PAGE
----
In 1990 the U.S. Congress passed P.L. 101-246, commonly referred to as the “Tiananmen Sanctions”, which restrict the export and re-export of crime control and crime detection equipment and instruments listed in the EAR to China’s police agencies. The Tiananmen Sanctions also prohibit the export of commodities on the U.S. Munitions List. These restrictions apply regardless of the end-user in China and the sale of these items to third parties as a means of circumventing the Tiananmen Sanctions is also prohibited. A Presidential waiver may be required for certain exports and the waiver must include a certification that the specific proposed export would not be detrimental to interests nor substantially contribute to improving China’s military, space launch or missile capabilities or weapons development programs.

 

Exporters are urged to check lists identifying specific end-users (persons, companies and entities) that are under U.S. government sanctions or for whom export licenses may be required. Information on these lists, which include the Entity List, Unverified List, Denied Persons List, Specially Designated Nationals List and Debarred List, is available on the BIS website at www.bis.doc.gov. In some cases exports and re-exports to parties named on these lists may be prohibited and U.S. exporters who engage in transactions with listed parties may themselves become subject to administrative and criminal penalties.

 

The “Unverified List” names companies for who BIS have been unable to conduct Pre-License Checks or Post-Shipment Verifications. The list notifies U.S. exporters that involvement of a listed person or company as party to a proposed transaction constitutes a “red flag” as described in the guidance set forth in Supplement No. 3 to 15 CFR part 732 of the EAR. Under that guidance, the “red flag” requires heightened scrutiny by the exporter before proceeding with a transaction in which a listed person or company is party.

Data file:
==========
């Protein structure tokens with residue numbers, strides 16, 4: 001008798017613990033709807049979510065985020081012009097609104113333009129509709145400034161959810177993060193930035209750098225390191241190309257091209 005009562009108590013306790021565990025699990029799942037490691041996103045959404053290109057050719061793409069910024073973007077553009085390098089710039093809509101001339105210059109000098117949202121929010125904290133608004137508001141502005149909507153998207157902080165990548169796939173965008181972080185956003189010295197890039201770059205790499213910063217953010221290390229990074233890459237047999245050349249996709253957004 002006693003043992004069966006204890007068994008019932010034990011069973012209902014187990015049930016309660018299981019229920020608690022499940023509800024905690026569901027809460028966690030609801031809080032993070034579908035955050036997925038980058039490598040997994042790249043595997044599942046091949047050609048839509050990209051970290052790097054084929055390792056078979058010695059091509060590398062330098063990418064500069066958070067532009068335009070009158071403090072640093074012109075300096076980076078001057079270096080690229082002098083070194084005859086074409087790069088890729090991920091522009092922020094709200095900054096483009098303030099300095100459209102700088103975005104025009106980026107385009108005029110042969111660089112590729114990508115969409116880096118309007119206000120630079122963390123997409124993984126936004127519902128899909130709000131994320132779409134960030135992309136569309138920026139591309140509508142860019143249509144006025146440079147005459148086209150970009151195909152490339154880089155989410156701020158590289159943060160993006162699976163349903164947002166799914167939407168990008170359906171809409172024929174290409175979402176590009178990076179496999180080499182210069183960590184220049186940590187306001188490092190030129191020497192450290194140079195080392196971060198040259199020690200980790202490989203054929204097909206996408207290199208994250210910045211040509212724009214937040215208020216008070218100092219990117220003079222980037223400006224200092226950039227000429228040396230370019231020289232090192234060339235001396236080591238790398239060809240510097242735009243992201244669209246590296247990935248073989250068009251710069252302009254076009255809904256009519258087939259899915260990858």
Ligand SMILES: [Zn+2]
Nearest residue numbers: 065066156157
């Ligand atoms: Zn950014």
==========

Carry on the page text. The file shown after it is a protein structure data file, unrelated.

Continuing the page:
Additionally, the U.S. Department of State also imposes sanctions relating to proliferation of weapons of mass destruction and arms control. On June 28, 2005, President Bush signed Executive Order 13382, which amended E.O. 12938 by providing sanctions against entities that finance and support proliferation activities. Chinese entities have been sanctioned under this Executive Order as well as under the Iran Nonproliferation Act of 2000 (P.L. 106-178), Iran-Iraq Arms Nonproliferation Act of 1992, and Executive Order 12938, as amended (E.O. 13094, E.O. 13882).

 

Other agencies also regulate more specialized items, for example; the U.S. Department of State administers U.S. export control regulations covering defense items and services that appear on the U.S. Munitions List, including satellites and related technologies.

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Posted: 06 January 2010